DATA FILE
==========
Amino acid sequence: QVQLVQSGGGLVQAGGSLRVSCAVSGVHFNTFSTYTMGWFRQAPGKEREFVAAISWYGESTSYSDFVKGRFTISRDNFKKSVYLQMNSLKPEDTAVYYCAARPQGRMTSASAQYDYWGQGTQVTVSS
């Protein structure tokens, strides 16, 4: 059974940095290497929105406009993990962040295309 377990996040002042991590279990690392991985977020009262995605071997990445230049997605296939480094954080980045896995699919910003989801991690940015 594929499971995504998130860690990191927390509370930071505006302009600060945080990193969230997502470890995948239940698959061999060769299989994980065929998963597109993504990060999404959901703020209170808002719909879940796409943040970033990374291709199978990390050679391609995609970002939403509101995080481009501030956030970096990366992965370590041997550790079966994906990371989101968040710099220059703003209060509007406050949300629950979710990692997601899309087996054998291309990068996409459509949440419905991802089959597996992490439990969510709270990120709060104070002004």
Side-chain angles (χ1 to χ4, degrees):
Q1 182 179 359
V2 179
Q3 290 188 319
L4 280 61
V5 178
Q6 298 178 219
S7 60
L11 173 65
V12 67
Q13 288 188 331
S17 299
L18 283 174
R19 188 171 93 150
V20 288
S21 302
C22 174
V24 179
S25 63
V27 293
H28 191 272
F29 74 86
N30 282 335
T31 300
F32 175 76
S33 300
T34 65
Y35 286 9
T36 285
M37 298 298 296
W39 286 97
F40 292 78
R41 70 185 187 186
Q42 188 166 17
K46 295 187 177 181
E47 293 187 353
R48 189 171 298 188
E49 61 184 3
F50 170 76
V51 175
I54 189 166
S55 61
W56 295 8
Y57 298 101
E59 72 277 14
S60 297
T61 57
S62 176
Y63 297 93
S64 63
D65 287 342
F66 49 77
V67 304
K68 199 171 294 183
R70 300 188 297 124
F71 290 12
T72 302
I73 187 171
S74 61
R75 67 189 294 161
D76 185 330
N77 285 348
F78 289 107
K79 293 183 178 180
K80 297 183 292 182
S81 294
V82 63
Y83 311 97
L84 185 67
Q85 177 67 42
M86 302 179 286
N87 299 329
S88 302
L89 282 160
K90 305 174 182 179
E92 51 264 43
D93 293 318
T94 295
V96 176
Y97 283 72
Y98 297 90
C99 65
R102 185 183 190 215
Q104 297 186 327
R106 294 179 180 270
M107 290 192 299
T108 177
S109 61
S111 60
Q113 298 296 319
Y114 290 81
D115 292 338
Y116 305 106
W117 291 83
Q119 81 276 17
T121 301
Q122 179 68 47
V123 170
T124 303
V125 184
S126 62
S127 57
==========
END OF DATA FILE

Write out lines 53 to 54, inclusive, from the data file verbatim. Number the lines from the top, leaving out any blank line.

D65 287 342
F66 49 77